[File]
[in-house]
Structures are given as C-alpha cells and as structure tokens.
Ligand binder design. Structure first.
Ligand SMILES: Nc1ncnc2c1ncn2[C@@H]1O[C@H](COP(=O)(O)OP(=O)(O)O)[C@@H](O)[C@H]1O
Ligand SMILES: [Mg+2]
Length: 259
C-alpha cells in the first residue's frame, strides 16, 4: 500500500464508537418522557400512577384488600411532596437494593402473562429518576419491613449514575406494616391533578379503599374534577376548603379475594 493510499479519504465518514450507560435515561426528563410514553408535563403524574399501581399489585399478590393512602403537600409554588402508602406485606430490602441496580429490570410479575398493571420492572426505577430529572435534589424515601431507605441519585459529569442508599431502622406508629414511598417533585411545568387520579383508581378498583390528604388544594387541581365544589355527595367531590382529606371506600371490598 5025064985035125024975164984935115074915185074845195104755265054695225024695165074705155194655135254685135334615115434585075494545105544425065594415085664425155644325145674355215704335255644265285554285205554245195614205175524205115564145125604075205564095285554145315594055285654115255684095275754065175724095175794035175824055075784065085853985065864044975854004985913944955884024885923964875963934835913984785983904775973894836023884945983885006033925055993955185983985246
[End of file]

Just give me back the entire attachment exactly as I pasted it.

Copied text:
[in-house]
Structures are given as C-alpha cells and as structure tokens.
Ligand binder design. Structure first.
Ligand SMILES: Nc1ncnc2c1ncn2[C@@H]1O[C@H](COP(=O)(O)OP(=O)(O)O)[C@@H](O)[C@H]1O
Ligand SMILES: [Mg+2]
Length: 259
C-alpha cells in the first residue's frame, strides 16, 4: 500500500464508537418522557400512577384488600411532596437494593402473562429518576419491613449514575406494616391533578379503599374534577376548603379475594 493510499479519504465518514450507560435515561426528563410514553408535563403524574399501581399489585399478590393512602403537600409554588402508602406485606430490602441496580429490570410479575398493571420492572426505577430529572435534589424515601431507605441519585459529569442508599431502622406508629414511598417533585411545568387520579383508581378498583390528604388544594387541581365544589355527595367531590382529606371506600371490598 5025064985035125024975164984935115074915185074845195104755265054695225024695165074705155194655135254685135334615115434585075494545105544425065594415085664425155644325145674355215704335255644265285554285205554245195614205175524205115564145125604075205564095285554145315594055285654115255684095275754065175724095175794035175824055075784065085853985065864044975854004985913944955884024885923964875963934835913984785983904775973894836023884945983885006033925055993955185983985246